Red Lines

It's interesting to note that the 'red line' failure Galen mentions in his "Mark Halperin was right" column is hardly the first such failure. A similar situation rather arguably led to the NORKS invading South Korea on 25 June 1950. Dean Acheson, then Secretary of State, gave a speech in January 1950, in which he defined our 'defensive perimeter.' He left Korea out of it. So the NORKs, the Soviets, and the Chinese Communists figured we didn't think South Korea was worth a fight:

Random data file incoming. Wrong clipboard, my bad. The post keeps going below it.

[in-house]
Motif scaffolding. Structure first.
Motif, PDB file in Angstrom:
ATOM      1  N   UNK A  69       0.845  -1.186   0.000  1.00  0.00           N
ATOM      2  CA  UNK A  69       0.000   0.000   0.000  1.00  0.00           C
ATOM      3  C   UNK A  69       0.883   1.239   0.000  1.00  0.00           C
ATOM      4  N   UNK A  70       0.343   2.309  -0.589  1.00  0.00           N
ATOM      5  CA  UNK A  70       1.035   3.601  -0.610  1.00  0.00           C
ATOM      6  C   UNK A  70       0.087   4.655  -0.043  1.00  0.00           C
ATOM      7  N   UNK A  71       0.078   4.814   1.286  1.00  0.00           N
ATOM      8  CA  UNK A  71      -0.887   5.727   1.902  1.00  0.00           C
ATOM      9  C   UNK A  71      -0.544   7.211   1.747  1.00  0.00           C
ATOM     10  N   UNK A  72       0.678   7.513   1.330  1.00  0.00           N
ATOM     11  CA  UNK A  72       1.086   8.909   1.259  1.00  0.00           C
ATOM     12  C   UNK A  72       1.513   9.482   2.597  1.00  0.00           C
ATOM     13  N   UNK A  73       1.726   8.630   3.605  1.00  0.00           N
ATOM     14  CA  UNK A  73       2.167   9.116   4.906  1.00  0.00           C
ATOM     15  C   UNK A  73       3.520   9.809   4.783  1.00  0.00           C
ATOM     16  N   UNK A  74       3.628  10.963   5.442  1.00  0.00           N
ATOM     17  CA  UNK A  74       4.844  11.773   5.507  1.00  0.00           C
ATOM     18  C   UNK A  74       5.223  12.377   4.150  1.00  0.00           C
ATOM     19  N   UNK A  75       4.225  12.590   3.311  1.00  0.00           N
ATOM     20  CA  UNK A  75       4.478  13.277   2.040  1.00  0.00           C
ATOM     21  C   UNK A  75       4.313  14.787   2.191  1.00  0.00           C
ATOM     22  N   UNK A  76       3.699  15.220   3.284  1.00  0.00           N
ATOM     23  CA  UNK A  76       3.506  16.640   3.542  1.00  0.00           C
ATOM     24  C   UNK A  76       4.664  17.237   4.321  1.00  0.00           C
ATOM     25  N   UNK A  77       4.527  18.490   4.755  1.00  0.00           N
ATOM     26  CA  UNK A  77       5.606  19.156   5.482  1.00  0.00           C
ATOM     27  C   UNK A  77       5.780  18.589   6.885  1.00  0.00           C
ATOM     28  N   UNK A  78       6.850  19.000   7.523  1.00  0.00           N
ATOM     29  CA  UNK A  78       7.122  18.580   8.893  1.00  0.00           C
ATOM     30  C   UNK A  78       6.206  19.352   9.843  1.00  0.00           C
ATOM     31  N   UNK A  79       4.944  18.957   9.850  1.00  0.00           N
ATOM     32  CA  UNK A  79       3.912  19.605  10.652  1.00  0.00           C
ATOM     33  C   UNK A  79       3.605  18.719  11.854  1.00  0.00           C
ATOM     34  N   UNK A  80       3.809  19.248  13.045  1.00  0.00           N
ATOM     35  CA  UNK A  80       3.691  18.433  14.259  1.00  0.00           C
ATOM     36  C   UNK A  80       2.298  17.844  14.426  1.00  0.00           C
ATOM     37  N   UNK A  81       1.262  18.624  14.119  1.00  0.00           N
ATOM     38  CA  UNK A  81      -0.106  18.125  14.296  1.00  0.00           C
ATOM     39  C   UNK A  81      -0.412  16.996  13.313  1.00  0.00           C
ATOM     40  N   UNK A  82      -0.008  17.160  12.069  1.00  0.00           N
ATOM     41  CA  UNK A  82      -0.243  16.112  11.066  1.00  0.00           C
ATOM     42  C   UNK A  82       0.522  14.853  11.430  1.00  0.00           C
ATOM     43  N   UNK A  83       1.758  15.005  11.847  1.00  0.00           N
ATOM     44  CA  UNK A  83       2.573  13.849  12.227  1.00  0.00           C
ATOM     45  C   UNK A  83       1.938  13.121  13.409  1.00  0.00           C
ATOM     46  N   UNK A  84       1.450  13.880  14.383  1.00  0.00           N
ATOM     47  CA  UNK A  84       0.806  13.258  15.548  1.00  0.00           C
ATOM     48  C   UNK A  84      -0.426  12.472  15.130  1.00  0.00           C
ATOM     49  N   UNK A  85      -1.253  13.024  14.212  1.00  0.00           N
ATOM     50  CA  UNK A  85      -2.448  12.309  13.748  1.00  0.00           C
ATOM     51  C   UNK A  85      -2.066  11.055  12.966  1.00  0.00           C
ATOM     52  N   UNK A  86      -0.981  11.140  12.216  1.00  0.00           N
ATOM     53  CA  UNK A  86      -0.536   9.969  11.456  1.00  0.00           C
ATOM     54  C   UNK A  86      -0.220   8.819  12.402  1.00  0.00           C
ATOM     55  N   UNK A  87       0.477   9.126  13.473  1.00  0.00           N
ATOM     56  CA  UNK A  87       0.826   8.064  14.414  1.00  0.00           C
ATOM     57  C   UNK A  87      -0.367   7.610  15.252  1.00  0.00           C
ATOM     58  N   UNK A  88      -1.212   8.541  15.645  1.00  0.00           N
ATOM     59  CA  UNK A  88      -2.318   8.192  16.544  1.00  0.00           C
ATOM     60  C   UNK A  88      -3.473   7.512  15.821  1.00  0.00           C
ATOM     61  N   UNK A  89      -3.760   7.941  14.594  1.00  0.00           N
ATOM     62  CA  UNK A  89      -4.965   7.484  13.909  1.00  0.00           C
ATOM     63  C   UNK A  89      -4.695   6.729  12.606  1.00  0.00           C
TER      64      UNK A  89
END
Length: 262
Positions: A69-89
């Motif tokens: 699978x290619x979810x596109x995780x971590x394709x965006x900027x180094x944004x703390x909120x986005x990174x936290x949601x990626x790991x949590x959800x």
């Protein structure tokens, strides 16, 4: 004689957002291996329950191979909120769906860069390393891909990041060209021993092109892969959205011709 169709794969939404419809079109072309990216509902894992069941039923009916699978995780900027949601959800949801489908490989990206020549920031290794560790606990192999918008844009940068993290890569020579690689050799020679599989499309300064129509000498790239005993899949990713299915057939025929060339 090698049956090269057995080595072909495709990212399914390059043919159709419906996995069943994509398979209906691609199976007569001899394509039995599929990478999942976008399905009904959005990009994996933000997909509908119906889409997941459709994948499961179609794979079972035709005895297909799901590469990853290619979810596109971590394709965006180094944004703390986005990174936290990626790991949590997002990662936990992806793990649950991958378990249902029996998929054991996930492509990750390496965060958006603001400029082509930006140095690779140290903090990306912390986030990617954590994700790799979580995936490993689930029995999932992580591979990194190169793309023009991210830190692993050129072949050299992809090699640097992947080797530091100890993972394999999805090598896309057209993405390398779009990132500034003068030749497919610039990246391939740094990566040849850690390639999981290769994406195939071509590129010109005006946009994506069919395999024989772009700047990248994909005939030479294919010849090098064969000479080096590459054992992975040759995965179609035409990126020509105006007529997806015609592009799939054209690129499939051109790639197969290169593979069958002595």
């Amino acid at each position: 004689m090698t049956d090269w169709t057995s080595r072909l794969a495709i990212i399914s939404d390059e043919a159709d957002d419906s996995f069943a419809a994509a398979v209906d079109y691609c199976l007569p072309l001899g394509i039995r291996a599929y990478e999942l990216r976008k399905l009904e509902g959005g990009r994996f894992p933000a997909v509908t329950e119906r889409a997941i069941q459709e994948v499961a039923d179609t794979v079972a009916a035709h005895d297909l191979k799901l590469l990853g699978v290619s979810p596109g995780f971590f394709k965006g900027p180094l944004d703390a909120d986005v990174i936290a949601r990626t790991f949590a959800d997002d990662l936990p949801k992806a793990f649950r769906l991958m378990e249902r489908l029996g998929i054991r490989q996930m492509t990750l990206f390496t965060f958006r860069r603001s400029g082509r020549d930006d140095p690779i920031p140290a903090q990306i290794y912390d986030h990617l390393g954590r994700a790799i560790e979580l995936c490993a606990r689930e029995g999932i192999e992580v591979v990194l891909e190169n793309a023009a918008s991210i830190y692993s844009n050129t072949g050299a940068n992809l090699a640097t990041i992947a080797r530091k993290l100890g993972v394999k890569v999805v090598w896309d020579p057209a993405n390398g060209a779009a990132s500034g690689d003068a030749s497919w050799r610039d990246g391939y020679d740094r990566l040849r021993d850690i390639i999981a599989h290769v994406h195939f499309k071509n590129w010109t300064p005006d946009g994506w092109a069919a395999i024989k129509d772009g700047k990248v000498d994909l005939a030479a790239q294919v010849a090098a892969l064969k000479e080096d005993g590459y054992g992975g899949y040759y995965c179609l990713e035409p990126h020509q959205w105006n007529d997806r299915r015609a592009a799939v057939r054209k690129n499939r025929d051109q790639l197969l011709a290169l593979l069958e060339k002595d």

Secretary of State Dean G. Acheson's speech at the National Press Club on 12 January 1950 was among the most important and controversial US policy statements in the early history of the Cold War in East Asia. In it, he defined the American "defensive perimeter" in the Pacific as a line running through Japan, the Ryukyus, and the Philippines. This denied a guarantee of US military protection to the Republic of Korea (ROK) and the Republic of China (ROC) on Taiwan. Less than six months later, North Korea launched a military offensive across the 38th parallel that nearly succeeded in imposing Communist rule over the entire peninsula. Critics immediately pointed to Acheson's National Press Club speech as giving Pyongyang the "green light" to pursue forcible reunification, based on the premise that the United States had ruled out military intervention to defend South Korea. More than fifty years after the start of the Korean War, countless South Koreans still hold Acheson responsible for igniting this fratricidal conflict. The United States, they bitterly maintain, committed an act of betrayal toward Korea ranking with President Theodore Roosevelt's approval of the Taft-Katsura Agreement in 1905 and President Harry S. Truman's agreement to divide the peninsula forty years later at the end of World War II.